Healthcare Change Is Slow, Methodical, Exhausting

change the world

Last night I was in the #Bioethx chat. The topic was Preventative Medicine, Health, Lifestyle, and Access.

One of the big “aha” moments for me is that many of us in healthcare tend to focus on the big sexy topics like precision medicine, big data, quality, and patient experience.

When it comes to topics such as lifestyle, health, preventative (risk reduction) medicine and how populations at a social or economic disadvantage access those programs and information we lack focus.

Yet the biggest way for any of us to make an impact is by focusing on those very topics, those communities, and those challenges.

It may not be as sexy, but it offers the most impact to an individuals life.

Everyday we change the world but change the world in a way that means anything, that takes more time than most people have. It never happens all at once. It’s slow, methodical, it’s exhausting.

~Elliott (Mr. Robot)

Each of us as healthcare leaders are responsible for increasing health literacy, improving access to health and wellness, and for expanding our care for the communities we serve beyond the walls of a hospital or clinic.

Think global, act local.

Change begins with me, then you, then the globe.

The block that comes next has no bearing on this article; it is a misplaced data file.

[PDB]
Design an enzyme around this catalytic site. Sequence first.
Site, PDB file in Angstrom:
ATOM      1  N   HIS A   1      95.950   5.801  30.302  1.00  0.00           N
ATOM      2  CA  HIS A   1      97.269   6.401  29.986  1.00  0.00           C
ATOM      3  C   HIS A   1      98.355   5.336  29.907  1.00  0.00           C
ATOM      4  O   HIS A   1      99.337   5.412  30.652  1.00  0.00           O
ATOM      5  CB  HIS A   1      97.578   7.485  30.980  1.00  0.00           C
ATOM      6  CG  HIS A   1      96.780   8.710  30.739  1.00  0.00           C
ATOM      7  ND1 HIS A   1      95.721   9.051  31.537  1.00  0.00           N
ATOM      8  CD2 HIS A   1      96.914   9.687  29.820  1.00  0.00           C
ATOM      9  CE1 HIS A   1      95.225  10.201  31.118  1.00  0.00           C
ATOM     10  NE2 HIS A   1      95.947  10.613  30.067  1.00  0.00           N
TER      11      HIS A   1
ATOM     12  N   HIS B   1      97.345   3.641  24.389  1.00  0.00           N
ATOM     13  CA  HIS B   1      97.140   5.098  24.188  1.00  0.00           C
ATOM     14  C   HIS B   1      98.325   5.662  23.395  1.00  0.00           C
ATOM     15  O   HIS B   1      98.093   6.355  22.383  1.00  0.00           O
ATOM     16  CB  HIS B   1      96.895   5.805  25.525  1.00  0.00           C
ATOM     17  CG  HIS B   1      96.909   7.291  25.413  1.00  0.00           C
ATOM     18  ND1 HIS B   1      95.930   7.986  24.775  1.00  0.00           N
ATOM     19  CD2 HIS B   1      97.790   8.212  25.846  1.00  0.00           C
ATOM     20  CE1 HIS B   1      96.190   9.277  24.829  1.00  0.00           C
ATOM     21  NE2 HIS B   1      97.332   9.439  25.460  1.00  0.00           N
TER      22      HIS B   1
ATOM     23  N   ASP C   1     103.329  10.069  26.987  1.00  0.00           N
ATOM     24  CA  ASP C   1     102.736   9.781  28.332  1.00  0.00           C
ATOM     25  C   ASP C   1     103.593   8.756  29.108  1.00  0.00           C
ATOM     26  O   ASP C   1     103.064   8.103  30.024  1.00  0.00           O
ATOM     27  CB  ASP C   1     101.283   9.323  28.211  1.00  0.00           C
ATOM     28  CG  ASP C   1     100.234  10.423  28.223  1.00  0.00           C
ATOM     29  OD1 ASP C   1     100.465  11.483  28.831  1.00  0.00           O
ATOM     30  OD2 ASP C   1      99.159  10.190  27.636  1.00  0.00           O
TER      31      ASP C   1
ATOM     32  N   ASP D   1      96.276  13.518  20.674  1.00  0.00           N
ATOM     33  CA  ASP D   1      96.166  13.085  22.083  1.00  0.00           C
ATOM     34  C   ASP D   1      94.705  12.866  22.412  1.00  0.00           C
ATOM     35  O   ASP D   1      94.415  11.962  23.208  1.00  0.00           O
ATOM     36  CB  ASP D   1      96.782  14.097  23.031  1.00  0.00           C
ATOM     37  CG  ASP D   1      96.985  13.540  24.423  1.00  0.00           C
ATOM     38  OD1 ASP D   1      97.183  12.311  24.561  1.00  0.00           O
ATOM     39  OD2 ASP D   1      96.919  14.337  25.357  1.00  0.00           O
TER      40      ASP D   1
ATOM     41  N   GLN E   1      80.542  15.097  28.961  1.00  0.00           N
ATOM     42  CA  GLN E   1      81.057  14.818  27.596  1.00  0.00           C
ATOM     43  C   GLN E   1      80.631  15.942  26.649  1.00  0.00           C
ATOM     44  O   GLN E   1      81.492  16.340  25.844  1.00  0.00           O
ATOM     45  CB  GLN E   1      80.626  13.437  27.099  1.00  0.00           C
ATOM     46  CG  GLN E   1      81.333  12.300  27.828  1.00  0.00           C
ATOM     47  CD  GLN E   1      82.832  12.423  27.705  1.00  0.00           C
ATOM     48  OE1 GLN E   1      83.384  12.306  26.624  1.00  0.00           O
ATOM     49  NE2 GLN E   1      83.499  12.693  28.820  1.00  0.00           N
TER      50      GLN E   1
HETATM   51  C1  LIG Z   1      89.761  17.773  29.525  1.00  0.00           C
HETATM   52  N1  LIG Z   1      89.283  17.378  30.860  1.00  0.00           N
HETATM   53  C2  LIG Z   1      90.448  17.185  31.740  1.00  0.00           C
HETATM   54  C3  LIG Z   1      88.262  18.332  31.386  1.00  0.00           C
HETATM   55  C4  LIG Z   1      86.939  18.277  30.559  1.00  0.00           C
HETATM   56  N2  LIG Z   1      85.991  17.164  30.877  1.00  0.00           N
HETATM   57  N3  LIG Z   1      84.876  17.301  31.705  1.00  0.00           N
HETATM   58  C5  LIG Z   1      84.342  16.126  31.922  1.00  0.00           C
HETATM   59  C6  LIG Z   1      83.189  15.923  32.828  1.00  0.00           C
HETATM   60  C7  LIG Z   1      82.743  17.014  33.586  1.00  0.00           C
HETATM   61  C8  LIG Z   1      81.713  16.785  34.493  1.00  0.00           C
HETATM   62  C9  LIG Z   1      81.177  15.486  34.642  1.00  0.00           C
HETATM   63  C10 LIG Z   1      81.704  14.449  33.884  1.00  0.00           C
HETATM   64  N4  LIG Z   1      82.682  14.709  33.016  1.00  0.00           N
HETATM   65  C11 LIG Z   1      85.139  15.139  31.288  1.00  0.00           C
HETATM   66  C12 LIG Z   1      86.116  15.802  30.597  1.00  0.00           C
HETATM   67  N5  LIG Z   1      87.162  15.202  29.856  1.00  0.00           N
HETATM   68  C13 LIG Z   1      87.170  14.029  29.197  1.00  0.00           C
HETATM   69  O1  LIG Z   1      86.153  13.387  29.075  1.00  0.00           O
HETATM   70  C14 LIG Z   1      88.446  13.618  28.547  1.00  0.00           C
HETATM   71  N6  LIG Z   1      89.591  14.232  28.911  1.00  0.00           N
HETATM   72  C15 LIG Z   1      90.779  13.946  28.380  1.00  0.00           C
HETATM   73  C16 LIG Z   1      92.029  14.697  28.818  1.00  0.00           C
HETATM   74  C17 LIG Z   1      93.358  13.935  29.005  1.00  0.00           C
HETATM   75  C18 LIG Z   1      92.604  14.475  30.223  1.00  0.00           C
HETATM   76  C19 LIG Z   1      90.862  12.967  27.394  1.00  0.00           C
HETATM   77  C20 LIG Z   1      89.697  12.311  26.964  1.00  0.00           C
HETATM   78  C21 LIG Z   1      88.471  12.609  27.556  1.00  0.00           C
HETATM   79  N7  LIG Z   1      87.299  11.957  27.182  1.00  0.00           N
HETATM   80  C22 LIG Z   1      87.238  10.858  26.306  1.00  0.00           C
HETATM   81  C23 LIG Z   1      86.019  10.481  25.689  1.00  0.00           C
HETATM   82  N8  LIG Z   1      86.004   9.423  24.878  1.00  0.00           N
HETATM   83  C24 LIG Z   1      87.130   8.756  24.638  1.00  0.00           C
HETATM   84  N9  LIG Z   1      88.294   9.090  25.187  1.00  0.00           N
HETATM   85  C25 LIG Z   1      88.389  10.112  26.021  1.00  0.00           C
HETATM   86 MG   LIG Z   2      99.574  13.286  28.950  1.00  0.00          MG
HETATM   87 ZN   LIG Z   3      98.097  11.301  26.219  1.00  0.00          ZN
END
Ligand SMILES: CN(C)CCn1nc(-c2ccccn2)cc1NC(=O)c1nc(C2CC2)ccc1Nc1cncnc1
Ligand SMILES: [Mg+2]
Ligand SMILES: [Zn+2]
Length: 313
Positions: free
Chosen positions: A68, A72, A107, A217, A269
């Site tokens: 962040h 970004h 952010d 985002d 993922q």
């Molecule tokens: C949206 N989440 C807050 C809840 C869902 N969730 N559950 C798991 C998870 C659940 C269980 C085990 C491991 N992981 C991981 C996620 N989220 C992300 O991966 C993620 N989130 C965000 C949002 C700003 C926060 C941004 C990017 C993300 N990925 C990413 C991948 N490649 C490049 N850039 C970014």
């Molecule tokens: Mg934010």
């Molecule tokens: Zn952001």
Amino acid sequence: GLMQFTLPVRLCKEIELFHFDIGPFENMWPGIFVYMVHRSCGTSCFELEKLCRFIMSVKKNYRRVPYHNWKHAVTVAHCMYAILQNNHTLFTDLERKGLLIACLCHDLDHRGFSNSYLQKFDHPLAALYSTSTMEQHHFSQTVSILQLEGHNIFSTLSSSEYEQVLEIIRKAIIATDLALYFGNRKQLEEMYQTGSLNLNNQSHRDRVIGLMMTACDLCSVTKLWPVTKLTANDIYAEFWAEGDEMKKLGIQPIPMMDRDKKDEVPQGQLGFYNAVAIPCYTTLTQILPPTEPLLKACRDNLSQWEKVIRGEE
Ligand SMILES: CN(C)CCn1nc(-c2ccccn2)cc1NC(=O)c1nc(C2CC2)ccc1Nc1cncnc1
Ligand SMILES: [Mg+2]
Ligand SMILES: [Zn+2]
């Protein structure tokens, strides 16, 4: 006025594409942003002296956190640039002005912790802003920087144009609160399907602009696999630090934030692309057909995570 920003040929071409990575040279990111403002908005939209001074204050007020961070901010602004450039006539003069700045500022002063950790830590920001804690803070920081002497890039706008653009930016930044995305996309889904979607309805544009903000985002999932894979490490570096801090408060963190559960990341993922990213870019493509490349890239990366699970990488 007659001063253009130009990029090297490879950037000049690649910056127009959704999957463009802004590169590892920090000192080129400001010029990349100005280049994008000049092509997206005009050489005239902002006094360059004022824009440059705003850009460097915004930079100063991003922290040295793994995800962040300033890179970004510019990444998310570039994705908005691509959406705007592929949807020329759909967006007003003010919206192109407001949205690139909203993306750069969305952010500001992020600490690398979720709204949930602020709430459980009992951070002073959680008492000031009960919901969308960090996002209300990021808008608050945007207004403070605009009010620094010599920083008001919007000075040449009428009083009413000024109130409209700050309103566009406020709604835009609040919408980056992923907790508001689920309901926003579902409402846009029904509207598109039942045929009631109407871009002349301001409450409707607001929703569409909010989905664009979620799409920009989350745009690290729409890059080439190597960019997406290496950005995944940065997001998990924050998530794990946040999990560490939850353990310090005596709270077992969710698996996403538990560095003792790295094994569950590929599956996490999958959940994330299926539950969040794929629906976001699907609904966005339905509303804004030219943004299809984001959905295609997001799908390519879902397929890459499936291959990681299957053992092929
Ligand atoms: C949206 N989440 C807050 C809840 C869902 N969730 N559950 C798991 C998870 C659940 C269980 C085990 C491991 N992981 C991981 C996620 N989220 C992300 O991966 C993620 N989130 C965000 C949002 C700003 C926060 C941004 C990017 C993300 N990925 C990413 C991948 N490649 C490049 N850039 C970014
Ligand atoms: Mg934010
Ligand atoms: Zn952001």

As always, you can feel free to contact me at: CANCERGEEK@GMAIL.COM or follow me on twitter @cancergeek

~CancerGeek

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One response to “Healthcare Change Is Slow, Methodical, Exhausting

  1. Hi Andy — Welcome to public health! Our focus is on prevention and access to care for all recognizing that the social economic determinants of health have the biggest potential impact on illness, health and wellness. Doctors that can prescribe lawyers to force landlords to clean up the mold in disadvantaged housing situations have a greater impact on ER asthma admissions than those that prescribe meds …. IMO, ACO and Patient Centered Homes need to have social services as one of the core functions/stakeholders.
    Good post.
    andrea

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